The Chiefs didn't win the Super Bowl, Verizon did

2comments
The Chiefs didn't win the Super Bowl, Verizon did
While the Kansas City Chiefs won the Super Bowl on the field last month, Verizon might be considered the winner off the field and in the stands at State Farm Stadium. Before the game, the nation's largest wireless provider installed 490 5G nodes according to RCR Wireless. These nodes (aka small cells) transmit and receive data in densely populated areas such as the inside of a sold-out football stadium. 66 of the nodes were for Verizon's newest zippy mmWave 5G signals. Additionally, 1,400 4G and 5G antennas were placed around the stadium.

60% of the fans at the Super Bowl were Verizon subscribers


During the AFC-NFC Championship game, State Farm Stadium was filled with 67,827 good neighbors (you have to be from the U.S. to understand that reference) and 60% of them were Verizon customers. Verizon's investment, said the carrier's Vice President of Device Technology Brian Mecum, paid off. The executive said, "Eight minutes into the second quarter, [our customers] used more traffic now than [they] did at SoFi for all of last year's game."


Mecum also pointed out that this trend should continue as more and more Verizon network capacity is added before each Super Bowl contest. Verizon subscribers consumed a whopping 47.8 TB of data inside the stadium, up 57% from the previous year's game. And to help you realize how much data 47.8 TB is, it's equivalent to a single person binge-watching HD video for more than three years. He also said that while the zippy fast mmWave 5G spectrum was the star of the Super Bowl, Verizon also added access to the mid-band.

The thing to keep in mind is that mmWave 5G signals are the fastest but also travel the shortest distances. This makes these signals perfect for a stadium full of people shoehorned together as though they were sardines in a tin can. Low-band is used for nationwide 5G because these signals travel farther although the download data speeds are not much higher than 4G. Mid-band is considered the Goldilocks of 5G because they travel farther than mmWave and delivers faster download data speeds than low-band.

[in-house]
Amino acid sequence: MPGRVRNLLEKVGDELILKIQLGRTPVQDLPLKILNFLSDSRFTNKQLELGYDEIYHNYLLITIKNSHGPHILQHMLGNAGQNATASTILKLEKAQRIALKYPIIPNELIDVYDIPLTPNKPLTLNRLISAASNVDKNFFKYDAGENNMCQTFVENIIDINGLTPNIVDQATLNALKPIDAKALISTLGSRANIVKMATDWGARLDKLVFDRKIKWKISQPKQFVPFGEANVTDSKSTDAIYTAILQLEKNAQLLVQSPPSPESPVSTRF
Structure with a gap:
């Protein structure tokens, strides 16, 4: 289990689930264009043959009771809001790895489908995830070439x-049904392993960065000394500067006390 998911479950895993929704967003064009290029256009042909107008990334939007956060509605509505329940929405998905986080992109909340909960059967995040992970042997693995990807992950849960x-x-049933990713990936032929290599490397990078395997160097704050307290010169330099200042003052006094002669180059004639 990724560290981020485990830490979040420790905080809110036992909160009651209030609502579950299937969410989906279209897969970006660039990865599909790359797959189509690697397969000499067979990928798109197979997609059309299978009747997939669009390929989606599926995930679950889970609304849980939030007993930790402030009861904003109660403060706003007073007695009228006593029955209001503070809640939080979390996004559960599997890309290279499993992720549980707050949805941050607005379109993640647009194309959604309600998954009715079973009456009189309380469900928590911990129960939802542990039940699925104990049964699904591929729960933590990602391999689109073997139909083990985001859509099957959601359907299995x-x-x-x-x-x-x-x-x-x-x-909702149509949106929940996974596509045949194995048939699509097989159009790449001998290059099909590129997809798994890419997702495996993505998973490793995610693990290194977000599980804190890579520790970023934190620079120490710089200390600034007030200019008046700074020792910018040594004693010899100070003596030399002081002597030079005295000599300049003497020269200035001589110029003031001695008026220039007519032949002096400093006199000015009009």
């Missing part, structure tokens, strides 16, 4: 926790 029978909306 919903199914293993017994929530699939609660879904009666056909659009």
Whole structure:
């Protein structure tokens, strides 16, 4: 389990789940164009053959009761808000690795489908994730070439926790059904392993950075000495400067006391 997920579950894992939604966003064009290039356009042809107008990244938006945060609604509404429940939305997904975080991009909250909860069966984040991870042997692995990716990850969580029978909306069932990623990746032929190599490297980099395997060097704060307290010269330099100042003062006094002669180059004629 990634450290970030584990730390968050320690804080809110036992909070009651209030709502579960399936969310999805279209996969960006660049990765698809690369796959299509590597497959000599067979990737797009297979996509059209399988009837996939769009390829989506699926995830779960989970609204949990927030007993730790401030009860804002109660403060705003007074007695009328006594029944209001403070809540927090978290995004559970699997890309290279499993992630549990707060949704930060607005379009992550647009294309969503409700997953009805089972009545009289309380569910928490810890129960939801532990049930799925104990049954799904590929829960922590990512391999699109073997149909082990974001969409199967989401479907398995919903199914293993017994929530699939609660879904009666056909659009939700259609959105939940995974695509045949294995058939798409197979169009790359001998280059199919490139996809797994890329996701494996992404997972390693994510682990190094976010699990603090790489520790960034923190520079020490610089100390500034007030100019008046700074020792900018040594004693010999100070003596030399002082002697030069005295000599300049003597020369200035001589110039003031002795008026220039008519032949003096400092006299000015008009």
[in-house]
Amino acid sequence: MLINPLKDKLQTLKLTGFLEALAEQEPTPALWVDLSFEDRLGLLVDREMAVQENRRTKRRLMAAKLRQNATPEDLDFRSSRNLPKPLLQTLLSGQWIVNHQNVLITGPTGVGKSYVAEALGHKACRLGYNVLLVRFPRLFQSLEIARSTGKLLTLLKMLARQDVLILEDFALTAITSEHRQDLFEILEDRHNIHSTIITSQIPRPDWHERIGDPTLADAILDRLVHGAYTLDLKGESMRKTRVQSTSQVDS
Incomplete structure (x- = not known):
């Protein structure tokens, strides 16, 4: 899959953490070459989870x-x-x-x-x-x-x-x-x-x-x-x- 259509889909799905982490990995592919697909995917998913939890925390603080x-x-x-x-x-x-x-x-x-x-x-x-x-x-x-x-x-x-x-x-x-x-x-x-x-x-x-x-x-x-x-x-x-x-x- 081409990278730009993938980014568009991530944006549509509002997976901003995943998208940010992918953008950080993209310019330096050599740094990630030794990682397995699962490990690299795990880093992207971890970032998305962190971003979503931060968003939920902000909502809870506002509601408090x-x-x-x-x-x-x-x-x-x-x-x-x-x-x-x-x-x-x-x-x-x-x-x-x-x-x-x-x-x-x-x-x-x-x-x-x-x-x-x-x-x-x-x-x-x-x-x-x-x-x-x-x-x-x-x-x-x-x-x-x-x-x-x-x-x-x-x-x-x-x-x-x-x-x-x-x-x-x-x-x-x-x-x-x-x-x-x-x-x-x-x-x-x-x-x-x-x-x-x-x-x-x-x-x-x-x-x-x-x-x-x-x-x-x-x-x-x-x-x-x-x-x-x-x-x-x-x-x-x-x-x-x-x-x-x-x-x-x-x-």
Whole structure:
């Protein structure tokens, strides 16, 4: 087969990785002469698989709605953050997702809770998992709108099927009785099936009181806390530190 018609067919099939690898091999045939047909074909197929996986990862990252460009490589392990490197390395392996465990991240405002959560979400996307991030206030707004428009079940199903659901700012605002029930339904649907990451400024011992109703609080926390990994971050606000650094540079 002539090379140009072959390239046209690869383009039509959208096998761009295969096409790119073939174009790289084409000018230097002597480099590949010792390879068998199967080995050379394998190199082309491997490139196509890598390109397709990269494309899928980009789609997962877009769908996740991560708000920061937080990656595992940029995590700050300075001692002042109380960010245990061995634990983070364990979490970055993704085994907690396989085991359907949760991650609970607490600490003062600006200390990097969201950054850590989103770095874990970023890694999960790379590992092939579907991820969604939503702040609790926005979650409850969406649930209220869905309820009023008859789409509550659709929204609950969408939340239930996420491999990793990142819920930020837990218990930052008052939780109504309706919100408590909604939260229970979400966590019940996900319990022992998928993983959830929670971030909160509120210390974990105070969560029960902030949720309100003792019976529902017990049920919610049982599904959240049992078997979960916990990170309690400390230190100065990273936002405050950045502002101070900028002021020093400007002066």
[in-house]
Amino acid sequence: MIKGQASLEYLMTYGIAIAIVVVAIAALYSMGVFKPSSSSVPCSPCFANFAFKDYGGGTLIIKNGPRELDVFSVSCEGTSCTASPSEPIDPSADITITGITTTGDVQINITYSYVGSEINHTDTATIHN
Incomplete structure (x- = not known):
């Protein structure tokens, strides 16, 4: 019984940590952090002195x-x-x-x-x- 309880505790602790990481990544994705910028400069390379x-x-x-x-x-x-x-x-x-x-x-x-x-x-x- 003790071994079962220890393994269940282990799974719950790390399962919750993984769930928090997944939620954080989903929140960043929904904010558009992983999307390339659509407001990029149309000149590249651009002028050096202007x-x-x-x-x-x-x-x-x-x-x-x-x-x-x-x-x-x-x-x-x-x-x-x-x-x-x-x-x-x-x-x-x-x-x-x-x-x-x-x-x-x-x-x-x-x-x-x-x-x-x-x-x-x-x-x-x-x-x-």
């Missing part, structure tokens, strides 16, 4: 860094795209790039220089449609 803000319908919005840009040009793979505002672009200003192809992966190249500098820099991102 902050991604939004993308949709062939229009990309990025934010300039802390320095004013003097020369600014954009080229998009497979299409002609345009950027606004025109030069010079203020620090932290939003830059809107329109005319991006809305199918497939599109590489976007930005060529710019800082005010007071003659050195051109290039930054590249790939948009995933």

Verizon said that its subscribers attending the Super Bowl took advantage of the low latency that is part of mmWave 5G to use Verizon 5G Multi-View. This allowed them to see the game from seven different angles simultaneously and also delivered replays of the previous play faster than the refs could view them. Mecum added, "It created personalization and a connection with the game that people didn’t have before. We’ve proven to ourselves that one of the things that personifies 5G is video."

Verizon helps coaches talk to each other inside all 30 NFL stadiums


Verizon helps coaches communicate with each other in all 30 NFL stadiums through a managed private wireless solution. As Verizon's Mecum noted, "Every time [coaches] talk, they do it over our private network. [They] can’t miss a single word." The Verizon executive added, "Wherever you have a bunch of people who need to be all synced up — concerts, tournaments, workers in a warehouse or on an airport tarmac — and you need high-quality voice [and] need to be able to hear in a very loud environment… from a private network standpoint, you’ve hit the sweet spot right there."

Verizon also added 45 nodes (equivalent to 15 full-sized cell sites) inside NRG Stadium in Houston, Texas. These nodes will help deliver 5G mmWave and C-band signals to attendees of events at the stadium. More interesting, Verizon has created a technology that divides the crowds at the NRG Stadium into different sectors "like slices of a pie." This gives the carrier's engineers the ability to adjust the wireless signals inside the venue based on where those attending an event move and the kind of content they are using data to view.
Loading Comments...
FCC OKs Cingular\'s purchase of AT&T Wireless